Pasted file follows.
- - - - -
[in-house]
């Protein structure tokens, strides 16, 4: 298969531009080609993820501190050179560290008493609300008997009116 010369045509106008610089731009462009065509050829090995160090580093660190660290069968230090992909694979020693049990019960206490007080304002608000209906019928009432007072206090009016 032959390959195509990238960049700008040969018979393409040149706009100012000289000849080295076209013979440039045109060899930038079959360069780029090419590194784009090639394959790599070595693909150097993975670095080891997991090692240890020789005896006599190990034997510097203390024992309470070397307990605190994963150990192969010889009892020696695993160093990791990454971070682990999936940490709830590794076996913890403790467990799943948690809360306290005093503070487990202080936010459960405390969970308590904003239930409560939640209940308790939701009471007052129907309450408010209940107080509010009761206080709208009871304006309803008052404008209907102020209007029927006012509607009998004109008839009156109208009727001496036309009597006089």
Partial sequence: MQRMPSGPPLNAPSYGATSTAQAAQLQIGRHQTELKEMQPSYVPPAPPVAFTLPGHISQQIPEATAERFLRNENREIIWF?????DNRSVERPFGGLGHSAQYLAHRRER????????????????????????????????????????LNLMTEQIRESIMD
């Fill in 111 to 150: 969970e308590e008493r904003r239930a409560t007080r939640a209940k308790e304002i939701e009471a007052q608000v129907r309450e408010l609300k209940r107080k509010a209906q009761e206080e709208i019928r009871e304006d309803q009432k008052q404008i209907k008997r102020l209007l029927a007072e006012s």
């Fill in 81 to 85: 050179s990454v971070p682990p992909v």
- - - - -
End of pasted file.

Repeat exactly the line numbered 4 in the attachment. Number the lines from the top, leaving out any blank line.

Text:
């Fill in 111 to 150: 969970e308590e008493r904003r239930a409560t007080r939640a209940k308790e304002i939701e009471a007052q608000v129907r309450e408010l609300k209940r107080k509010a209906q009761e206080e709208i019928r009871e304006d309803q009432k008052q404008i209907k008997r102020l209007l029927a007072e006012s």